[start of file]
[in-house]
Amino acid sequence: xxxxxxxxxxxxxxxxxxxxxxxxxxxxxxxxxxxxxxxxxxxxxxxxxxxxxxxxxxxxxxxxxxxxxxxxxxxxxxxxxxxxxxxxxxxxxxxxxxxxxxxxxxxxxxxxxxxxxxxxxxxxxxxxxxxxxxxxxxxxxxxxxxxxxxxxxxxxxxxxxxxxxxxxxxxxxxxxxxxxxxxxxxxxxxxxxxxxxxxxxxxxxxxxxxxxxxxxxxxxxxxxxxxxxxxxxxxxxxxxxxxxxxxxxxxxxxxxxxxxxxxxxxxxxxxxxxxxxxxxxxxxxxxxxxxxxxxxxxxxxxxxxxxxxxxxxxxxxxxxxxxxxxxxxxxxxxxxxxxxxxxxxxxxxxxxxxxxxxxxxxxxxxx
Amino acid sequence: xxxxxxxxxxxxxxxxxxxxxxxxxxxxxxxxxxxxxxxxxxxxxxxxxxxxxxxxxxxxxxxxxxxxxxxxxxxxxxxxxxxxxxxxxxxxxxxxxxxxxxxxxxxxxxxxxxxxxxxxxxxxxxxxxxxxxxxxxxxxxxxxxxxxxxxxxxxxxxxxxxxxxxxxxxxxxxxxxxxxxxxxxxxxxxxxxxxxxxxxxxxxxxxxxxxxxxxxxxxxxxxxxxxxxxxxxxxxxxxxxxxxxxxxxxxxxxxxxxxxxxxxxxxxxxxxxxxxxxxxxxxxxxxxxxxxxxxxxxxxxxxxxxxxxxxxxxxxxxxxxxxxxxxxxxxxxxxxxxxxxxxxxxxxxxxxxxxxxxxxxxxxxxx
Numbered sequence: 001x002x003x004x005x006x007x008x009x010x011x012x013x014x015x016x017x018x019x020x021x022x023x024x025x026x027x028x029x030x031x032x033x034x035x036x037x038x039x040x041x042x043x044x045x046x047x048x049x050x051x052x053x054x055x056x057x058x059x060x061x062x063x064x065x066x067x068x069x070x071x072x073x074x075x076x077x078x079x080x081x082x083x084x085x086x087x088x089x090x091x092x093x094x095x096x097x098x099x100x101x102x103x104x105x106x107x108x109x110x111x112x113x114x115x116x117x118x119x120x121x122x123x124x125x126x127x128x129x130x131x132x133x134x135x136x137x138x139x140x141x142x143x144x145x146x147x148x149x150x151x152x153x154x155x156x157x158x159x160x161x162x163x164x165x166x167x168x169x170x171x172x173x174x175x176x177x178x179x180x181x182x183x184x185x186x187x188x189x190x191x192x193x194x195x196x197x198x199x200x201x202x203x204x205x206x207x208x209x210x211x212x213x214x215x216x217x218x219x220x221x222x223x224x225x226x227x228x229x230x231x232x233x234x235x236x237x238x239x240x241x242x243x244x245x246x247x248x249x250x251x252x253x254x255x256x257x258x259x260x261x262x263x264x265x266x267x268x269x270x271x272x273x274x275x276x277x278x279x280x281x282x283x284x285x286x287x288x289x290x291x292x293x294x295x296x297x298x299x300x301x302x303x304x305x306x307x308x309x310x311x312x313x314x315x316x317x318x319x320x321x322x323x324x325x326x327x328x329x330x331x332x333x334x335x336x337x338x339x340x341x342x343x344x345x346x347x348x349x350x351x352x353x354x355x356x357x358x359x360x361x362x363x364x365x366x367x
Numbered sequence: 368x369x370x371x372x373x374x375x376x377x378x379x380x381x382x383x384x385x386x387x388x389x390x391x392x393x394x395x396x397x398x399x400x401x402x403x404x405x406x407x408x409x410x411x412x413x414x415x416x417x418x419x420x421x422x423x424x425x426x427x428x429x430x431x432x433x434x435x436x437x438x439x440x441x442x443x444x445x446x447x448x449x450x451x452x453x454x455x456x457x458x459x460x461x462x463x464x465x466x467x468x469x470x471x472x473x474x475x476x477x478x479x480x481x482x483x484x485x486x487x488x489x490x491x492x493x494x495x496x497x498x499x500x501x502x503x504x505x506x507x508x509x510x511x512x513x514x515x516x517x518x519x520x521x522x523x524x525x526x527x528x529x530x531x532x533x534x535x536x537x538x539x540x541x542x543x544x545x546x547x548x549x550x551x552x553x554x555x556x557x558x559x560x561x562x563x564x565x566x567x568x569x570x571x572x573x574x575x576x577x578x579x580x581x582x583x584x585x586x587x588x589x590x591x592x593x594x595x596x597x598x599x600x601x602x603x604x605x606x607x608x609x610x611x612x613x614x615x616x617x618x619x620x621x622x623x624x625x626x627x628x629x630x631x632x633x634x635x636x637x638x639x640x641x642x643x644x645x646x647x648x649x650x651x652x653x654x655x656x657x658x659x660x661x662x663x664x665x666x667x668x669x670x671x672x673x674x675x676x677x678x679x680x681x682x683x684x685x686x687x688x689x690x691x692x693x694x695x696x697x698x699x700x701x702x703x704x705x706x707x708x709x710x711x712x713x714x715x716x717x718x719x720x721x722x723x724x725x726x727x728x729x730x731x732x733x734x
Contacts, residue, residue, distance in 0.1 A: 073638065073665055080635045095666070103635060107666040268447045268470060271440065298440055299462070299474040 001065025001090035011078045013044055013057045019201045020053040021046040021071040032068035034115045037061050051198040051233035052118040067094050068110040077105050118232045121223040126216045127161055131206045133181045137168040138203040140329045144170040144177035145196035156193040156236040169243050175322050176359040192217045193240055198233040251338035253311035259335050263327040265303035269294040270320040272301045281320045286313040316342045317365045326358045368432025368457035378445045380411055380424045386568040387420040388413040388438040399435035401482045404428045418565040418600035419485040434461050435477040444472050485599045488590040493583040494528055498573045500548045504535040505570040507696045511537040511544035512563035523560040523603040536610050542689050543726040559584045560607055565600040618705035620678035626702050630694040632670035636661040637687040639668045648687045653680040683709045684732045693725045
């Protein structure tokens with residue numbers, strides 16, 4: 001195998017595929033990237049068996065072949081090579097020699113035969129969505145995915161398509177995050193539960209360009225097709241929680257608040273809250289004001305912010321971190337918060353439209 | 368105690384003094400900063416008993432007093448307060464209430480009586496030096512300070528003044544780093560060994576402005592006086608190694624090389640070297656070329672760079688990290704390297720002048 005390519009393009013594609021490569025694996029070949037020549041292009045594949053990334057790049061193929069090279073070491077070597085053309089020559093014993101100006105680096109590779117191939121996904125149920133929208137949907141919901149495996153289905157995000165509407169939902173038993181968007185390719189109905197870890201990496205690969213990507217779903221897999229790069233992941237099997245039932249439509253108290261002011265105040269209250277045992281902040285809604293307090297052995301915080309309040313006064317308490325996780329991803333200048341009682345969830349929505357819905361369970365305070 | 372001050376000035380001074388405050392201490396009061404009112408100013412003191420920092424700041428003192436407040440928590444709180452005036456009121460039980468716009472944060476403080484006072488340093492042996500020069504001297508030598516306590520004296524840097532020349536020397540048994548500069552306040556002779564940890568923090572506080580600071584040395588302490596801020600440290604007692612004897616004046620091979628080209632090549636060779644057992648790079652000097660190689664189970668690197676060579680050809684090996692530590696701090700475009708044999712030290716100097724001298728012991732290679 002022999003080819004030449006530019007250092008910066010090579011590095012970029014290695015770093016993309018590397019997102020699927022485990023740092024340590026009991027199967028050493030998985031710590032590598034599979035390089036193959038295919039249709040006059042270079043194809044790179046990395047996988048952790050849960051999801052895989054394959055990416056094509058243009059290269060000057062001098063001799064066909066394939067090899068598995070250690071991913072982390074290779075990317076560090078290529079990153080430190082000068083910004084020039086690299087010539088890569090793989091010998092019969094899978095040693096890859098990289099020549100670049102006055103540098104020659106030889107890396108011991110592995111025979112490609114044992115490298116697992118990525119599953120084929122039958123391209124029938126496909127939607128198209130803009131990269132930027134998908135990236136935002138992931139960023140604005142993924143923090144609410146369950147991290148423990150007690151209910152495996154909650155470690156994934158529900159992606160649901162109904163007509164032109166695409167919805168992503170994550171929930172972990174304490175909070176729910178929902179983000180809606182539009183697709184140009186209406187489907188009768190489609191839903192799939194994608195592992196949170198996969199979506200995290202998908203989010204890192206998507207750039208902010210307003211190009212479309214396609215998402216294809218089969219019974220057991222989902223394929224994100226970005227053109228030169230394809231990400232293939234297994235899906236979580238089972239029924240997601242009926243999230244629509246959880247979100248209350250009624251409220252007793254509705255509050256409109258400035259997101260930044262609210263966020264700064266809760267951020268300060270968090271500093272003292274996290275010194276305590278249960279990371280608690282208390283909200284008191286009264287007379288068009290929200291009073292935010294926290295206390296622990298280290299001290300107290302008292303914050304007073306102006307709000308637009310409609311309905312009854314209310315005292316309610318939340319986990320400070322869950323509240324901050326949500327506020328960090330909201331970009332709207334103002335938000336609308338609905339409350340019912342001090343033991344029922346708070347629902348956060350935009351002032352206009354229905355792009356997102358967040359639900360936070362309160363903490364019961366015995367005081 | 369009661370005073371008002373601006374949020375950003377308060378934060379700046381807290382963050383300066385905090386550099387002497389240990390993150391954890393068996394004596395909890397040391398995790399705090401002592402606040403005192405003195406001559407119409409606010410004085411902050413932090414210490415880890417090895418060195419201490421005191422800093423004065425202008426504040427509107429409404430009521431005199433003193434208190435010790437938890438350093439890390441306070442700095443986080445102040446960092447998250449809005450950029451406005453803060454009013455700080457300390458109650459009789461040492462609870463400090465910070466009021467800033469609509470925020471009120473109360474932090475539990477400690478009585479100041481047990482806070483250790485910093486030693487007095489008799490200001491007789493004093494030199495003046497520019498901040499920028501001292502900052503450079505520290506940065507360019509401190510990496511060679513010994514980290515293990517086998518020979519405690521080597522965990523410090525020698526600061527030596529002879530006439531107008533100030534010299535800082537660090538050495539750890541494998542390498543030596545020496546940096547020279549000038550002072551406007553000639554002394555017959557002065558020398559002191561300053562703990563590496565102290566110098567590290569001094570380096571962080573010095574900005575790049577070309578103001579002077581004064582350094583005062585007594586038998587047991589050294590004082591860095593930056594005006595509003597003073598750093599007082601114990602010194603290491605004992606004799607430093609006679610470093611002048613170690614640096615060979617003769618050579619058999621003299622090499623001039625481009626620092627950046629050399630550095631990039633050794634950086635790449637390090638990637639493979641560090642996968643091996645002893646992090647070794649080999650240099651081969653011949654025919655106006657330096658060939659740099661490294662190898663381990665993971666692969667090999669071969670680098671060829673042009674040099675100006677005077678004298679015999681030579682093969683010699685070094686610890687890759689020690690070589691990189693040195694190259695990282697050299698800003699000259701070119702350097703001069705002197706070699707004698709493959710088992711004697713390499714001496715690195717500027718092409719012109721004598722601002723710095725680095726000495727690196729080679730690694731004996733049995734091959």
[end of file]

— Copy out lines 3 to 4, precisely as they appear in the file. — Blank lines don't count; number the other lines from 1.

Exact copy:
Amino acid sequence: xxxxxxxxxxxxxxxxxxxxxxxxxxxxxxxxxxxxxxxxxxxxxxxxxxxxxxxxxxxxxxxxxxxxxxxxxxxxxxxxxxxxxxxxxxxxxxxxxxxxxxxxxxxxxxxxxxxxxxxxxxxxxxxxxxxxxxxxxxxxxxxxxxxxxxxxxxxxxxxxxxxxxxxxxxxxxxxxxxxxxxxxxxxxxxxxxxxxxxxxxxxxxxxxxxxxxxxxxxxxxxxxxxxxxxxxxxxxxxxxxxxxxxxxxxxxxxxxxxxxxxxxxxxxxxxxxxxxxxxxxxxxxxxxxxxxxxxxxxxxxxxxxxxxxxxxxxxxxxxxxxxxxxxxxxxxxxxxxxxxxxxxxxxxxxxxxxxxxxxxxxxxxxx
Numbered sequence: 001x002x003x004x005x006x007x008x009x010x011x012x013x014x015x016x017x018x019x020x021x022x023x024x025x026x027x028x029x030x031x032x033x034x035x036x037x038x039x040x041x042x043x044x045x046x047x048x049x050x051x052x053x054x055x056x057x058x059x060x061x062x063x064x065x066x067x068x069x070x071x072x073x074x075x076x077x078x079x080x081x082x083x084x085x086x087x088x089x090x091x092x093x094x095x096x097x098x099x100x101x102x103x104x105x106x107x108x109x110x111x112x113x114x115x116x117x118x119x120x121x122x123x124x125x126x127x128x129x130x131x132x133x134x135x136x137x138x139x140x141x142x143x144x145x146x147x148x149x150x151x152x153x154x155x156x157x158x159x160x161x162x163x164x165x166x167x168x169x170x171x172x173x174x175x176x177x178x179x180x181x182x183x184x185x186x187x188x189x190x191x192x193x194x195x196x197x198x199x200x201x202x203x204x205x206x207x208x209x210x211x212x213x214x215x216x217x218x219x220x221x222x223x224x225x226x227x228x229x230x231x232x233x234x235x236x237x238x239x240x241x242x243x244x245x246x247x248x249x250x251x252x253x254x255x256x257x258x259x260x261x262x263x264x265x266x267x268x269x270x271x272x273x274x275x276x277x278x279x280x281x282x283x284x285x286x287x288x289x290x291x292x293x294x295x296x297x298x299x300x301x302x303x304x305x306x307x308x309x310x311x312x313x314x315x316x317x318x319x320x321x322x323x324x325x326x327x328x329x330x331x332x333x334x335x336x337x338x339x340x341x342x343x344x345x346x347x348x349x350x351x352x353x354x355x356x357x358x359x360x361x362x363x364x365x366x367x